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Nobel Peace Laureate Shirin Ebadi Sees Democratic Future in Iran

By Karl Fritz, Washington File Special Correspondent
Ebadi travels throughout U.S. promoting her memoir

Washington -- Iranian Nobel Peace Laureate Shirin Ebadi offers a cautious voice of hope for the prospects of a better and more democratic future in Iran.  The human rights lawyer told a Washington audience, “I am an optimist on democracy in Iran because I am optimistic regarding the people of Iran and confident that they will push for change.”

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Ebadi has been an outspoken advocate for human rights in Iran, particularly on behalf of women and children.  Formerly a judge, she and other women judges were removed from the bench when, following the 1979 revolution, government officials deemed women to be too emotional to administer justice fairly.

Choosing to remain in Iran, Ebadi has worked as a defense attorney and advocate on behalf of those whose fundamental human rights have been threatened or suppressed by the Iranian government.  She has represented victims of government terrorism in a number of cases that have received international attention.  She represented the family of Zahra Kazemi, an Iranian-Canadian photojournalist, who died in prison in Iran after photographing family members of missing students protesting outside a prison.  She has represented Akbar Ganji, a leading investigative journalist, who, until recently, was imprisoned for a series of articles unfavorable to former Iranian President Akbar Hashemi Rafsanjani.

She was awarded the Nobel Peace Prize in 2003 in recognition of her work on behalf of democracy and human rights, and her special focus on the problems facing women and children in Iran.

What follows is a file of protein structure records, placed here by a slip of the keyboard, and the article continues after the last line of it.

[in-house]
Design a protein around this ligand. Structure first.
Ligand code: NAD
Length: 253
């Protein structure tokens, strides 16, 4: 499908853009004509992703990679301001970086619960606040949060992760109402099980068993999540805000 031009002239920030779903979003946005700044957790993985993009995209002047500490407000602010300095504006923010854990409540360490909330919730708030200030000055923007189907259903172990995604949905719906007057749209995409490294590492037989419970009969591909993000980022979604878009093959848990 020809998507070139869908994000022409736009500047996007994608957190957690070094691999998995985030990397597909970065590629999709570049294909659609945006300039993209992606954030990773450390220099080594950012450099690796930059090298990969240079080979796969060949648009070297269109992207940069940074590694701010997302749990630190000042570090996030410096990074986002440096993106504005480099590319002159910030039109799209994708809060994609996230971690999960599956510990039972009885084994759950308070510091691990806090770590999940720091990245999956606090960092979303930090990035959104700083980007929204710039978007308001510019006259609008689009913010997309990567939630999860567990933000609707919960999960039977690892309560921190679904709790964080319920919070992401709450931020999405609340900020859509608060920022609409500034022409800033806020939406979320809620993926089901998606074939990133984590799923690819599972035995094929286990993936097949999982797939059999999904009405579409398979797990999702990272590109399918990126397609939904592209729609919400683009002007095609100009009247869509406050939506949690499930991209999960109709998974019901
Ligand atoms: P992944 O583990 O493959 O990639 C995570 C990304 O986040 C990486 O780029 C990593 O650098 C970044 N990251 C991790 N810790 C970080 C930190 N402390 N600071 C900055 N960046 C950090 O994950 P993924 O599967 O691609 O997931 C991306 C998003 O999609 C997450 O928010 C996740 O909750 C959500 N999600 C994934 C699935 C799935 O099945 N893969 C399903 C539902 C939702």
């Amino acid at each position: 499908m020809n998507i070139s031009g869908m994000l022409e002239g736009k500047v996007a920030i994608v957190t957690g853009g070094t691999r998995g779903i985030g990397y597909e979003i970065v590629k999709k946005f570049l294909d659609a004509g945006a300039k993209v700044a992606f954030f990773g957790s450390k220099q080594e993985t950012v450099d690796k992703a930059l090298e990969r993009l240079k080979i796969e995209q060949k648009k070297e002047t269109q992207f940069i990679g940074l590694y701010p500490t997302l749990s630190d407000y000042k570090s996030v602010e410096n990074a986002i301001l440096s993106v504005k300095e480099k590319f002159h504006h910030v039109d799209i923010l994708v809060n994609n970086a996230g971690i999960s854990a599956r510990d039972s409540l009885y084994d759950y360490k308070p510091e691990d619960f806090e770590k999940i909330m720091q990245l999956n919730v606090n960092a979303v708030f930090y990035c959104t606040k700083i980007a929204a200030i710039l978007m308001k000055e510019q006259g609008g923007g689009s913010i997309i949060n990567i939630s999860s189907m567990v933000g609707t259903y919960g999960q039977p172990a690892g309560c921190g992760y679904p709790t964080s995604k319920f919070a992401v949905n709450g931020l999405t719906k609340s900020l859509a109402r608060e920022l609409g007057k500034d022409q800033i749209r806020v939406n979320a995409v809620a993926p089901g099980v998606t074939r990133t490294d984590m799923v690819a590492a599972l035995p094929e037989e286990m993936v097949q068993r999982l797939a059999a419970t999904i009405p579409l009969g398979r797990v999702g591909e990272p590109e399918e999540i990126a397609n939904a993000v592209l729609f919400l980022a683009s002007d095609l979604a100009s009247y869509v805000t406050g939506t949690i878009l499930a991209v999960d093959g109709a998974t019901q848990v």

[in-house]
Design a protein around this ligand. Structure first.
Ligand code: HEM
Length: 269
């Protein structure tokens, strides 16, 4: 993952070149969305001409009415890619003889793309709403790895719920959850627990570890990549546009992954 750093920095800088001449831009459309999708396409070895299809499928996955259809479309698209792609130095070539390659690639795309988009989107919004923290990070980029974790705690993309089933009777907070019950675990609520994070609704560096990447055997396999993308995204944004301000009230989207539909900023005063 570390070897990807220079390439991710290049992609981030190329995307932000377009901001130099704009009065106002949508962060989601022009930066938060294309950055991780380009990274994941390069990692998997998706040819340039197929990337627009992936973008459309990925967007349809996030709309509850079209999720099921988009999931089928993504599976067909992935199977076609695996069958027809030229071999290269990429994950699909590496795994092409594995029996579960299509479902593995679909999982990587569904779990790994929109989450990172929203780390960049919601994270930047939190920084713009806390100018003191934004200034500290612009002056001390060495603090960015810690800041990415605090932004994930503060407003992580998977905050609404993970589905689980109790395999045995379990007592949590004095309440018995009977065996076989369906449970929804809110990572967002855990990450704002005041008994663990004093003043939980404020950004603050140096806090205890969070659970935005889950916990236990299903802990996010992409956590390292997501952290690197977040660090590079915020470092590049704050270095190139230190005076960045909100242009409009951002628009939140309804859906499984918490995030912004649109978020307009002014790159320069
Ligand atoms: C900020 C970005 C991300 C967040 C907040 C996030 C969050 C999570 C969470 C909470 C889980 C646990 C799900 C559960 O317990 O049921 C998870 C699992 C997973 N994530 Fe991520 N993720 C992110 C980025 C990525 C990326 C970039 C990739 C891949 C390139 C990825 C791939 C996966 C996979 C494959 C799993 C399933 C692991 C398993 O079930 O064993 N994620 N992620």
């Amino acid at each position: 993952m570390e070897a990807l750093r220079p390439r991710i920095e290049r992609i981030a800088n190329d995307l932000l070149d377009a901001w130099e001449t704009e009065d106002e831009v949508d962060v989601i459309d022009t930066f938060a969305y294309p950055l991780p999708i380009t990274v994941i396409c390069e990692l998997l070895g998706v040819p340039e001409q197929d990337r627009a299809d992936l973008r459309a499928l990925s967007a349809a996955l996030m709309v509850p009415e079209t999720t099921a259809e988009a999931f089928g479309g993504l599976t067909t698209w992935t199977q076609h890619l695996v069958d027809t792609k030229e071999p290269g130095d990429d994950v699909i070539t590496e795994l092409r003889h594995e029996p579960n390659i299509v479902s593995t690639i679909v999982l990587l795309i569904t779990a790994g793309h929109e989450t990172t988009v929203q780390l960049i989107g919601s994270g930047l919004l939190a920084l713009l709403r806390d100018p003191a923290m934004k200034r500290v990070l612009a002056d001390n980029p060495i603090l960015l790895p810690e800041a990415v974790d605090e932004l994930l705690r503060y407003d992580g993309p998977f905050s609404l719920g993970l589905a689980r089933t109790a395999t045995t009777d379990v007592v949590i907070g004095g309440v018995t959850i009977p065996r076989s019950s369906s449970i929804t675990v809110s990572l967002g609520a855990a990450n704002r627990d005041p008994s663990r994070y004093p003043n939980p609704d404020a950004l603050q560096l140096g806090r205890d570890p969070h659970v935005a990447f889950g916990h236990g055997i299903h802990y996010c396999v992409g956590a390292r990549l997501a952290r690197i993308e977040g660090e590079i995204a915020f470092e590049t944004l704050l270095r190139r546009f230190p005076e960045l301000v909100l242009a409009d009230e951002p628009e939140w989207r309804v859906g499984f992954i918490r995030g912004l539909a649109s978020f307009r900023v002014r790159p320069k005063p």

Ebadi is conducting a 10-city tour in the United States to promote publication of her memoir Iran Awakening - A Memoir of Revolution and Hope, co-authored with Azadeh Moaveni.

In her memoir, Ebadi asserts, “the written word is the most powerful tool we have to protect ourselves, from the tyrants of the day.”  Her work is being translated for publication in 16 language but not Farsi.

“The censorship that prevails in the Islamic Republic has made it impossible to publish an honest account of my life here,” Ebadi notes.  Her work provides the perspective of a jurist who has fought to avoid being marginalized by a regime intent on silencing her and other professional women.  In opting to remain in Iran and pursue her career, she has been harassed, threatened and jailed for her defense of victims of violence and human rights abuse.

She told an interviewer on U.S. National Public Radio that she wants the victimization of women and children in Iran to be understood in simple terms.

“We have an expression in Persian that the strength of the chain is in the smallest link.  We should always take care of the smallest links in society and must always look after children’s and women’s rights,” she said.


According to Ebadi, Iran is a land of contradictions.  On the one hand, the 2000 parliamentary election brought into government a number of reform-minded individuals, including 14 women.  One of Iran’s vice presidents is a woman; 63 percent of Iran’s university students and 43 percent of salaried workers are women.

On the other hand, she noted that the unemployment rate for women is three times the rate for men, and the Iranian parliament has enacted a number of laws and adopted practices that undermine democracy and discriminate against women.  The Iranian Guardian Council sits in judgment of the appropriateness of candidates seeking election, despite the fact that the constitution provides for the conduct of free elections, she said.  She noted that a separate law entitles women seeking to recover damages for an injury to only one-half the compensation that a man could obtain under the same circumstances.  She said that the government censors books, puts up Internet firewalls, and bans satellite television in an effort to prevent Iranians from accessing information from the outside world.  Ebadi said that human rights have deteriorated since former President Mohammad Khatami left office in 2005.